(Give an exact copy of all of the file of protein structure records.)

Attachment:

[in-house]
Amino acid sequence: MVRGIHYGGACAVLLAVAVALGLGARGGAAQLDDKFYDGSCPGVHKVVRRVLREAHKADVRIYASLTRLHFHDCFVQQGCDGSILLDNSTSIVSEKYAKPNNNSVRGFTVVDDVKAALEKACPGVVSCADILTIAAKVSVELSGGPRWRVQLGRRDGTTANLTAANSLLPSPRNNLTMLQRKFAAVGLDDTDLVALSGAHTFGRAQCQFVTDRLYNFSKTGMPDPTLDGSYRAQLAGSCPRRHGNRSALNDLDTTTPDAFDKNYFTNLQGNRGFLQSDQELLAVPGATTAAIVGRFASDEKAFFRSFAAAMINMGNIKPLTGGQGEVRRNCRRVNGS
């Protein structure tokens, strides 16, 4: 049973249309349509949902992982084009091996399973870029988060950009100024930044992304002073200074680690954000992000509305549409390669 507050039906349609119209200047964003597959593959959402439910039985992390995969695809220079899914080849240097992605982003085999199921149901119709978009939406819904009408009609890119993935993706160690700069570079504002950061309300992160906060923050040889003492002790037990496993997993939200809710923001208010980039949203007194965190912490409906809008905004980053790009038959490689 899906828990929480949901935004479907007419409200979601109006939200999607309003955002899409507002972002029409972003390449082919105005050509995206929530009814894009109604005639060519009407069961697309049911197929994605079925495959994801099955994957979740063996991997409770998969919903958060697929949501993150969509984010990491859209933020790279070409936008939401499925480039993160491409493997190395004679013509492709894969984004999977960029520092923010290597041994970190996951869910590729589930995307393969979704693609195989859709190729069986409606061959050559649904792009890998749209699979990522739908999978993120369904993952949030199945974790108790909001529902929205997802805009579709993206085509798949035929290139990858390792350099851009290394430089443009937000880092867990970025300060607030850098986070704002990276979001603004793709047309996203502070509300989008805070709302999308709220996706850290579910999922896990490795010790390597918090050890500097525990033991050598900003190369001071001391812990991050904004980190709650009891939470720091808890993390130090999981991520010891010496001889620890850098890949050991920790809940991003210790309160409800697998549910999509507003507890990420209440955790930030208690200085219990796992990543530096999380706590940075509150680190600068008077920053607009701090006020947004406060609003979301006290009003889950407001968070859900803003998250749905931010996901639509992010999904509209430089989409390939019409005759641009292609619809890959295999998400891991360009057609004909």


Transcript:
[in-house]
Amino acid sequence: MVRGIHYGGACAVLLAVAVALGLGARGGAAQLDDKFYDGSCPGVHKVVRRVLREAHKADVRIYASLTRLHFHDCFVQQGCDGSILLDNSTSIVSEKYAKPNNNSVRGFTVVDDVKAALEKACPGVVSCADILTIAAKVSVELSGGPRWRVQLGRRDGTTANLTAANSLLPSPRNNLTMLQRKFAAVGLDDTDLVALSGAHTFGRAQCQFVTDRLYNFSKTGMPDPTLDGSYRAQLAGSCPRRHGNRSALNDLDTTTPDAFDKNYFTNLQGNRGFLQSDQELLAVPGATTAAIVGRFASDEKAFFRSFAAAMINMGNIKPLTGGQGEVRRNCRRVNGS
């Protein structure tokens, strides 16, 4: 049973249309349509949902992982084009091996399973870029988060950009100024930044992304002073200074680690954000992000509305549409390669 507050039906349609119209200047964003597959593959959402439910039985992390995969695809220079899914080849240097992605982003085999199921149901119709978009939406819904009408009609890119993935993706160690700069570079504002950061309300992160906060923050040889003492002790037990496993997993939200809710923001208010980039949203007194965190912490409906809008905004980053790009038959490689 899906828990929480949901935004479907007419409200979601109006939200999607309003955002899409507002972002029409972003390449082919105005050509995206929530009814894009109604005639060519009407069961697309049911197929994605079925495959994801099955994957979740063996991997409770998969919903958060697929949501993150969509984010990491859209933020790279070409936008939401499925480039993160491409493997190395004679013509492709894969984004999977960029520092923010290597041994970190996951869910590729589930995307393969979704693609195989859709190729069986409606061959050559649904792009890998749209699979990522739908999978993120369904993952949030199945974790108790909001529902929205997802805009579709993206085509798949035929290139990858390792350099851009290394430089443009937000880092867990970025300060607030850098986070704002990276979001603004793709047309996203502070509300989008805070709302999308709220996706850290579910999922896990490795010790390597918090050890500097525990033991050598900003190369001071001391812990991050904004980190709650009891939470720091808890993390130090999981991520010891010496001889620890850098890949050991920790809940991003210790309160409800697998549910999509507003507890990420209440955790930030208690200085219990796992990543530096999380706590940075509150680190600068008077920053607009701090006020947004406060609003979301006290009003889950407001968070859900803003998250749905931010996901639509992010999904509209430089989409390939019409005759641009292609619809890959295999998400891991360009057609004909």